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When the Soviet Union collapsed in 1991, so did its authoritarian ethics system of self-sacrifice and collective responsibility. At the time, everyone expected that capitalism would bring with it a new, humanist system, focused on the individual, their life, freedom, and liberties. But the unrestrained consumption of the 2000s affected neither the ethics nor the mass consciousness of post-Soviet Russians. The paradox of the 1990s is that in place of the Soviet authoritarian ethics, nothing appeared at all. There’s a huge hole at the center of Russian society where ethics should be.
Unlike authoritarian ethics, it’s impossible to force humanist ethics onto a population. They must be born naturally, through discourse. The state can give a push in the right direction, but this requires a modicum of political will. Society must be willing to publicly discuss such issues as what is good and evil, what we should live for, and what constitutes meaning. In the 1990s, Russian society wasn’t ready to discuss such questions. It didn’t even understand that such a discussion was necessary.
The only entity that bothered to bring up questions of ethics in the early 1990s was the church, the only carrier of non-authoritarian ethics. But the church behaved as if seventy years of Soviet rule was a black hole: in order for the nation to recover its moral principles it simply had to revert to the way things were before 1917, which was a utopian desire.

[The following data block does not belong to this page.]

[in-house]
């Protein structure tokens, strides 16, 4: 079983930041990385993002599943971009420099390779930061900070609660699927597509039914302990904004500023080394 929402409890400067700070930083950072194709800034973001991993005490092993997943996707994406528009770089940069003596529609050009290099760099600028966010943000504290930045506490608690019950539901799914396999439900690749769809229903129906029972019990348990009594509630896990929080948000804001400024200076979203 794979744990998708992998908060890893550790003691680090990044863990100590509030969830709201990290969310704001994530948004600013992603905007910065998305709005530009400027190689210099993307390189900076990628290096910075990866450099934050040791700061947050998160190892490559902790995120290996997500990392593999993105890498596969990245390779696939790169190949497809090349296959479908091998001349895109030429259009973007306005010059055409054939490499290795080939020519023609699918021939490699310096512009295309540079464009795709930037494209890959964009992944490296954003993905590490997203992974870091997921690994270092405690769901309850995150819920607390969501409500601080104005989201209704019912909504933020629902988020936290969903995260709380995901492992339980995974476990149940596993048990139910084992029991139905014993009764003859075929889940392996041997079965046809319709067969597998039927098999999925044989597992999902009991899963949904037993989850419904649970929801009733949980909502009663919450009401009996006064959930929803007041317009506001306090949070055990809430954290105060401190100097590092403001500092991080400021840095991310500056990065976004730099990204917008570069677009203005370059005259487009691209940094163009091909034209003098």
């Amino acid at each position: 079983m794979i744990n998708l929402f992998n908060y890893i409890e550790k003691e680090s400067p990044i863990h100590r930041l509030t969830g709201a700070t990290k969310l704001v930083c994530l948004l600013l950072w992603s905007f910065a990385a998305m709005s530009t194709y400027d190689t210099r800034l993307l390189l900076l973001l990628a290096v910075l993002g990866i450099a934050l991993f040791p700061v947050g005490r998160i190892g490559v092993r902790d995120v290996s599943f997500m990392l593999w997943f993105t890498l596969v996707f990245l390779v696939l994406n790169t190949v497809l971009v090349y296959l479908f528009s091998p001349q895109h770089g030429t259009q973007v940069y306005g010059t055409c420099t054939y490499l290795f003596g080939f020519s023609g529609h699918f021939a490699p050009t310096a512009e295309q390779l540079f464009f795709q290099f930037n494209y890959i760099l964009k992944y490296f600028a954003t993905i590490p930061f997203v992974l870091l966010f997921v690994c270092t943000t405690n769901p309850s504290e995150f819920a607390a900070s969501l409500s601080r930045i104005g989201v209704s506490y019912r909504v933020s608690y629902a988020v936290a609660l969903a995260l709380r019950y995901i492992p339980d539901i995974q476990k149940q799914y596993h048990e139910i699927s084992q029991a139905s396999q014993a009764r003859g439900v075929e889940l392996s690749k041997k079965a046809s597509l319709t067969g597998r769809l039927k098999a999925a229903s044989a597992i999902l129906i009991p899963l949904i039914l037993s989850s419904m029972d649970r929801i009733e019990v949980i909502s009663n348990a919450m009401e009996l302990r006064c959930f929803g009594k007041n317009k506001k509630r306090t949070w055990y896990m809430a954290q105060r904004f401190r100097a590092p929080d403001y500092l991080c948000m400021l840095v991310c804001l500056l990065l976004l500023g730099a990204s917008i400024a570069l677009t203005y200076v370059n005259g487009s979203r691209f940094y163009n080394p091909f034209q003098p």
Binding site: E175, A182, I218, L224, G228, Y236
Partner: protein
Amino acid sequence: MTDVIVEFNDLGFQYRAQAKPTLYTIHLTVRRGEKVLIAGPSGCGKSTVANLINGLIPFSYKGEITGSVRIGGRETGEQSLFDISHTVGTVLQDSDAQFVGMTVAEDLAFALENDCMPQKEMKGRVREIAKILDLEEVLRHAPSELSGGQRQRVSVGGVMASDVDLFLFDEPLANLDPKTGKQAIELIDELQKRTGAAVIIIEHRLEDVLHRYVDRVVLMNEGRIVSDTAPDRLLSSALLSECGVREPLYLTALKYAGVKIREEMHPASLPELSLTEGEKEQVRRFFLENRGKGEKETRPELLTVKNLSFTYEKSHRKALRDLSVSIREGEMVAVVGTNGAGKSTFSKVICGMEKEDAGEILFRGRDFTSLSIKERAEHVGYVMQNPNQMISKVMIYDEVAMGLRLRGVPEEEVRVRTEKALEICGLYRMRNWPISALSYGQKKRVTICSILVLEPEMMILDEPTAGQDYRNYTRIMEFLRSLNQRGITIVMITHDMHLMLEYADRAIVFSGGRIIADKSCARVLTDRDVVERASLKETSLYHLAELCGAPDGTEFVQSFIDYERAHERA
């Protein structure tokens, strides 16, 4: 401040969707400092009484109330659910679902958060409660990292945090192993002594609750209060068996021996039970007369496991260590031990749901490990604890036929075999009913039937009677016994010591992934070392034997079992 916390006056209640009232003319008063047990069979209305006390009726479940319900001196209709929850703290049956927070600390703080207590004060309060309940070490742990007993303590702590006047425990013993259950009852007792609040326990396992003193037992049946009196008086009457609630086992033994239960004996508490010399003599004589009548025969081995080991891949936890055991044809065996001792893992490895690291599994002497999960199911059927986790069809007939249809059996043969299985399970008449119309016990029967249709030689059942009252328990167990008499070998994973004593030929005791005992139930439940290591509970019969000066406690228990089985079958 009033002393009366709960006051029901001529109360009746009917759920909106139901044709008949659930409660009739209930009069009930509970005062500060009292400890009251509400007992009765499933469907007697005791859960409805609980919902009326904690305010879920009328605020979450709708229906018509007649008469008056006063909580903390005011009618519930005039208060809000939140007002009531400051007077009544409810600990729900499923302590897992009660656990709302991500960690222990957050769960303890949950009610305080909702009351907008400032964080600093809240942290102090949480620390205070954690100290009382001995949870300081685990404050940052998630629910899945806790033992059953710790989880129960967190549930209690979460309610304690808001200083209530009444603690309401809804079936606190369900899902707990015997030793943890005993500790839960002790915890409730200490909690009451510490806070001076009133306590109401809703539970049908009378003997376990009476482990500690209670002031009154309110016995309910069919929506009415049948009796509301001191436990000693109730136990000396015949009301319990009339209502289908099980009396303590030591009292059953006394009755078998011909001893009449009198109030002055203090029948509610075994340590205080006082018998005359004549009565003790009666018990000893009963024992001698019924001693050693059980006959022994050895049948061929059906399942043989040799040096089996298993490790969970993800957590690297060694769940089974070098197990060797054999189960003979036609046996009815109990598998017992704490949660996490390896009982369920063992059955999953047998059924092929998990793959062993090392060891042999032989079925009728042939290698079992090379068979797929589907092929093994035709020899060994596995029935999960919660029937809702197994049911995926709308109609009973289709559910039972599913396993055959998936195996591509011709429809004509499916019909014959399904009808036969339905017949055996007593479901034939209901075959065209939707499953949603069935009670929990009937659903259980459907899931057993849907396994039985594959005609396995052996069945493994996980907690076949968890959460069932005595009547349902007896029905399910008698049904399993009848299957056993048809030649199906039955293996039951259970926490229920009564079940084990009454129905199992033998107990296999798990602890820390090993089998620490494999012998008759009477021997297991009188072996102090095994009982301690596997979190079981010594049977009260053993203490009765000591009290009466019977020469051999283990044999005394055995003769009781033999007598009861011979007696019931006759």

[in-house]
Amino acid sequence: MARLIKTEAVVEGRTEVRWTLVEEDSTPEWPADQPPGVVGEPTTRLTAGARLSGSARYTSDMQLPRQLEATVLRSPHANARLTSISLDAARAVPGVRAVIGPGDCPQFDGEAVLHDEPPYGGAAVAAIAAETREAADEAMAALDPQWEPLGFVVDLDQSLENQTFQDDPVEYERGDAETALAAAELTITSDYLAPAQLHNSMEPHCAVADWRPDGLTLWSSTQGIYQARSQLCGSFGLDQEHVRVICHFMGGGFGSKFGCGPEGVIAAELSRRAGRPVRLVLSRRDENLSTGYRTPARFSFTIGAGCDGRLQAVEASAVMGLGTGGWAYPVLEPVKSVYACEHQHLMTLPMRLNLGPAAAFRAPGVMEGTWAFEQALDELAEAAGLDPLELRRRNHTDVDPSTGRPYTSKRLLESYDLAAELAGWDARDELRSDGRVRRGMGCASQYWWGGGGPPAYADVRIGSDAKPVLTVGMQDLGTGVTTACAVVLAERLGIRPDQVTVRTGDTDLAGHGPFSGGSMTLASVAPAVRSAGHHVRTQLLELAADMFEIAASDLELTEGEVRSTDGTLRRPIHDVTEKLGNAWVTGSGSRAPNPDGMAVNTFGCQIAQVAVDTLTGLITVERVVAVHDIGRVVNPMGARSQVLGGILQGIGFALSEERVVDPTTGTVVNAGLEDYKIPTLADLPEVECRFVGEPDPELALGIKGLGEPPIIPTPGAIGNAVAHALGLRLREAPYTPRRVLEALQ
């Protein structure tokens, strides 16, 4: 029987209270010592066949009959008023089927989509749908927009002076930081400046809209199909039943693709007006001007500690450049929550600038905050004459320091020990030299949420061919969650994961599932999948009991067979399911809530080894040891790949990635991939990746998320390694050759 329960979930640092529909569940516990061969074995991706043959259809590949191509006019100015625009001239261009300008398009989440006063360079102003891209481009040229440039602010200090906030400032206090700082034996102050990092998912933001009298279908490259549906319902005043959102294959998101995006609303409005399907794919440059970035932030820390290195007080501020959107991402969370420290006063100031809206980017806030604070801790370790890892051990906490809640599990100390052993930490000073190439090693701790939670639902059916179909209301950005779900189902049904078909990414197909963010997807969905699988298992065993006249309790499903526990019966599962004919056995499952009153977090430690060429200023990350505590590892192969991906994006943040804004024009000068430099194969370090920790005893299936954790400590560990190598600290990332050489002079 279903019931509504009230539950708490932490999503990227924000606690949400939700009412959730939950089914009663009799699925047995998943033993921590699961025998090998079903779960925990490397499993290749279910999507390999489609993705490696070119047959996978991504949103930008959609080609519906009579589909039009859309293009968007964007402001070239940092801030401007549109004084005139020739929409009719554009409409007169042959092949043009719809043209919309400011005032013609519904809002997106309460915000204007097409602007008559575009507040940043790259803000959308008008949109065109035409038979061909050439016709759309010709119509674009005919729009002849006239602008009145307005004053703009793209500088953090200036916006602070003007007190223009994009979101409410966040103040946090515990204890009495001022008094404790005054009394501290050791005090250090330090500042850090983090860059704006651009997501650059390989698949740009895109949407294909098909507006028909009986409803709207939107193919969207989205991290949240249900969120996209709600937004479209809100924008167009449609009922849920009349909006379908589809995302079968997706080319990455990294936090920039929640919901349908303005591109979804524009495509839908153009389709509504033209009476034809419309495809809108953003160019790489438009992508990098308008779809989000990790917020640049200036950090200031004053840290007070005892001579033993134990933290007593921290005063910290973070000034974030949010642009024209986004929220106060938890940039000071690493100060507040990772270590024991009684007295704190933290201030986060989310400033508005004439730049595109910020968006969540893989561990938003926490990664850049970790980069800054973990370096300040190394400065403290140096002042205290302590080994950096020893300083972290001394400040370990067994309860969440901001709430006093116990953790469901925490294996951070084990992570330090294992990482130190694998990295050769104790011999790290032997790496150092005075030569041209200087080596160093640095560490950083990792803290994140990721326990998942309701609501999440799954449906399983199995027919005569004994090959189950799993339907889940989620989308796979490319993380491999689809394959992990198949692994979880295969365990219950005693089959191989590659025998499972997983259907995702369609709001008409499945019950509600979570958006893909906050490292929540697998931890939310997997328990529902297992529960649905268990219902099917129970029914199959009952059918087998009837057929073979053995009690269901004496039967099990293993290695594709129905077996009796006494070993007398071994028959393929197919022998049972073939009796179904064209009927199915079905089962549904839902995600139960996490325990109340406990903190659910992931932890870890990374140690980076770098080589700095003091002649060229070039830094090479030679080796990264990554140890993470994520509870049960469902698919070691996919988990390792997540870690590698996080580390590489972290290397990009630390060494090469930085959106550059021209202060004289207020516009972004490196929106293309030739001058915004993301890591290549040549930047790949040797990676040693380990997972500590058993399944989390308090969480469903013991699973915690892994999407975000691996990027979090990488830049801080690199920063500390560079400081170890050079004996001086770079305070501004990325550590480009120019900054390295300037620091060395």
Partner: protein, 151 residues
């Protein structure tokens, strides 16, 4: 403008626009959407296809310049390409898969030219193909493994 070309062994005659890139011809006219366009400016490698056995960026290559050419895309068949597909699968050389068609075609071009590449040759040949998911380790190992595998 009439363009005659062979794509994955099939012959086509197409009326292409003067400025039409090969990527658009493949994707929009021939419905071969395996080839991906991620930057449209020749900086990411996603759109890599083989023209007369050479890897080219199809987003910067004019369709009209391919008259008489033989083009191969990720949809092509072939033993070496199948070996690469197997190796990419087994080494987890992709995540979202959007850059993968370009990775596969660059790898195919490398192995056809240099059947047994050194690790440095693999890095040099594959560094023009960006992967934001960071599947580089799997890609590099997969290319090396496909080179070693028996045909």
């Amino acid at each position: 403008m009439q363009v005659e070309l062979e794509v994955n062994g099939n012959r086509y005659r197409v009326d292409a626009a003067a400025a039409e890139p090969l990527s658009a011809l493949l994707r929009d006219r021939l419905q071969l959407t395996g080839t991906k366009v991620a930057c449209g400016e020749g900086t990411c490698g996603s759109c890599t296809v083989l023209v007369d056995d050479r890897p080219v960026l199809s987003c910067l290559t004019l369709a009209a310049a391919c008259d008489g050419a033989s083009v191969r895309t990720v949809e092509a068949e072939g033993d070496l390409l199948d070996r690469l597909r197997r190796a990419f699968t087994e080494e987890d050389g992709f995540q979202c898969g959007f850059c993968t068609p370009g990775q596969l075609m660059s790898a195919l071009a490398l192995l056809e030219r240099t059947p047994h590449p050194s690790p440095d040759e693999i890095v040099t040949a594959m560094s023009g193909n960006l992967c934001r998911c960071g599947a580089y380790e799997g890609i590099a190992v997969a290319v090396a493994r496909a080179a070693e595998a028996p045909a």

The church could have become the main intermediator between the individual and the new ethical system. It should have been the institution that raised the most important ethical questions—how to combine profits and compassion, capitalism and humanity. But the problem of ethics was not solved and in place of nothing, a stand-in appeared.
The Russian value crisis of the 1990s heralded the end of ethics, an intentional refusal of humanism, a nihilism still apparent in the diatribes of contemporary propagandists.
From anti-ethics comes the ethics of neo-Stalinism. But the people who utter the phrase, “Put them up against the wall,” are not necessarily true Stalinists. They repeat, “There was order under Stalin,” because their own mind is a mess. They murmur, “Stalin would have taken care of it,” because they don’t know how to take care of it themselves. This is the echo of totalitarian ethics, a system for which Russia never found a replacement.
With the ethics of neo-Stalinism come the ethics of war, which contain no plans for the future, only the catastrophic philosophical belief that with war comes cleansing. Today’s return to war ethics—us/them, friends/enemies—is not so much a demonstration of aggression as of uncertainty, a subconscious attempt to find some sort of support beam.
Although it first appeared as a kind of intellectual game, by the 2000s, anti-ethics had become a semi-official governmental doctrine—“we are no better but no worse than others either; everyone in the world behaves equally badly”—though it is never articulated.
Anti-ethics doesn’t contain anything positive; it’s built solely on the denouncement of others’ value systems. Its fundamental negativity is based on the following idea: individuals are unable to decide for themselves what is good and what is bad. Only the government can see the big picture and therefore make ethical evaluations.
Dismissing ethics as a criterion solves the problem of evaluating the past. As soon as we stop worrying about repression, social experimentation, and their victims, the past turns into an automatic movement toward today’s greatness. “He [Stalin] did start a bit of a genocide, but on the other hand he did wonders for the economy,” observed participants in a study at the Higher School of Economics.